After a bit of a blogging hiatus whilst I sorted out the photography department (sacked* the husband and got a remote control) I’m back with a series of three! I say “series” because the common theme is that they’re all shirts of sorts, but which will be my favourite? Read on for contestant number one…
When the lovely @sewsarahsmith announced that she was co-hosting her first sew photo challenge – #sewtogetherforsummer – there was no question that I’d do it. This was somebody who’d picked up her blog pen at the same time I’d picked up a needle and had given me so much encouragement over the last year and I’d regularly drooled over the beautifully fitted Instagram pictures of @rocco.sienna and @sewing_in_spain. Three lovely ladies with a cracking idea – this was a challenge at exactly the right time and level for me to enjoy it!
The sewoverit vintage shirt dress had been lurking at the bottom of my drawer for nearly as long as I’d had dressmaking aspirations so it was time to dust it off and take it to the ball! The ball in question being a wedding at the end of May, conveniently a few weeks before the deadline for the challenge. Birds, stones, you get the idea. I found a great (and more importantly cheap) lightweight denim to make a wearable toile, I was good to go.
And then the first of my many stalls happened. I put the pattern back in the drawer. Channeling the true spirit of procrastination, I decided to start small and make a Tilly and the Buttons Rosa shirt first. That’s right – start “small” with a pattern with princess seams, a collar stand, pointed yoke and about a thousand pattern pieces.
And I loved every minute of it! So much fun to make. Tilly really does make all the processes accessible to everyone. Stopping and restarting the point on the yoke is so much more controlled than trying to pivot, that really helped me understand what I was trying to achieve. I did have to have 2 run ups at the collar stand, but again was pretty pleased with it by the end.
I cut a straight size 5 and didn’t have to make any adjustments at all, which surprised me given that I’m 5’8 and usually have to lengthen TATB patterns. The only change I would make another time might be to grade down a size on the hips as it is quite flared on straight up and down me, but then again it’s not hideous so I might not bother. I basically wanted a fitted shirt to wear under my work navy denim cleo and give me some waist definition, so you won’t see the hip section most of the time anyway.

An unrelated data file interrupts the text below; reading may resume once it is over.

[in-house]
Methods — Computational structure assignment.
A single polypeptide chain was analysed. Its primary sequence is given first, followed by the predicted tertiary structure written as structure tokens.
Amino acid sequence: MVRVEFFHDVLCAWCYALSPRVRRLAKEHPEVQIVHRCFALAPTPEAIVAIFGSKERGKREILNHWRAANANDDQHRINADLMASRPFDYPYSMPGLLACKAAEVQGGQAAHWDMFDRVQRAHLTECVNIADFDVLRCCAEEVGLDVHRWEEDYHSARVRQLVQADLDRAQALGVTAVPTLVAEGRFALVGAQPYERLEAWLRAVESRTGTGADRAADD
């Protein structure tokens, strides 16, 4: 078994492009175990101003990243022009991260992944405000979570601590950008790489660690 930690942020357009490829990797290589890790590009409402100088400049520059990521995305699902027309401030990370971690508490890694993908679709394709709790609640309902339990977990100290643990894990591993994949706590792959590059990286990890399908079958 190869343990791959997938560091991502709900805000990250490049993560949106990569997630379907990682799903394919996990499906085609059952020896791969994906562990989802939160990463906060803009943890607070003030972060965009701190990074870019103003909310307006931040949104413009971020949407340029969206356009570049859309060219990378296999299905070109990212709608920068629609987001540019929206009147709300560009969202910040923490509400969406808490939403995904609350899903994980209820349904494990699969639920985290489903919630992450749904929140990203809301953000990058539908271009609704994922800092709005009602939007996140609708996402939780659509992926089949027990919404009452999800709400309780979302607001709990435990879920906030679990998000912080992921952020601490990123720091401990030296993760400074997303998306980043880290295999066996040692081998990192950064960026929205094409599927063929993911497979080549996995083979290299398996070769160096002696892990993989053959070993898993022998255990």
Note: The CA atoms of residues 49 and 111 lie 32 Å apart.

I finished all the seams on my overlocker, then mock flat felled them as the pattern suggested. It made for a really nice finish and I’ll definitely do that again. I struggled a bit with hemming the curved edge though and it has buckled a little. With hindsight I missed a trick as I do have a rolled hem foot for my Janome and should probably have used that on it. But otherwise I loved all the construction details and was just sorry I’d chosen such a busy fabric so couldn’t go to town on the top stitching opportunities.
The fabric was a cotton lawn I bought at the Knitting and Stitching Show at Olympia, only I can’t for the life of me remember which stall I bought it from. It was a fabulous day out and well worth the flight over from Jersey – next time I’ll go for 2 days and book into more workshops!
The only thing I wasn’t 100% keen on was the tabbed sleeves. Not because I don’t like the look, but purely because I find them a nightmare to iron. Next time I’ll download the sleeve placket extension and finish the sleeves off properly, so I can then promptly roll them straight up to three quarter length!
The end result was that I was pretty proud of myself and rather hooked on this shirt sewing business. Suddenly I was imagining myself with a new range of work shirts and blouses… maybe some new shirts for my husband… oh wait yes, there’s still a shirt dress waiting in the wings. When’s that deadline for #sewtogetherforsummer again?
*Sacked = purely in the photography sense. I’ve retained him in a dishwashing and general house maintenance capacity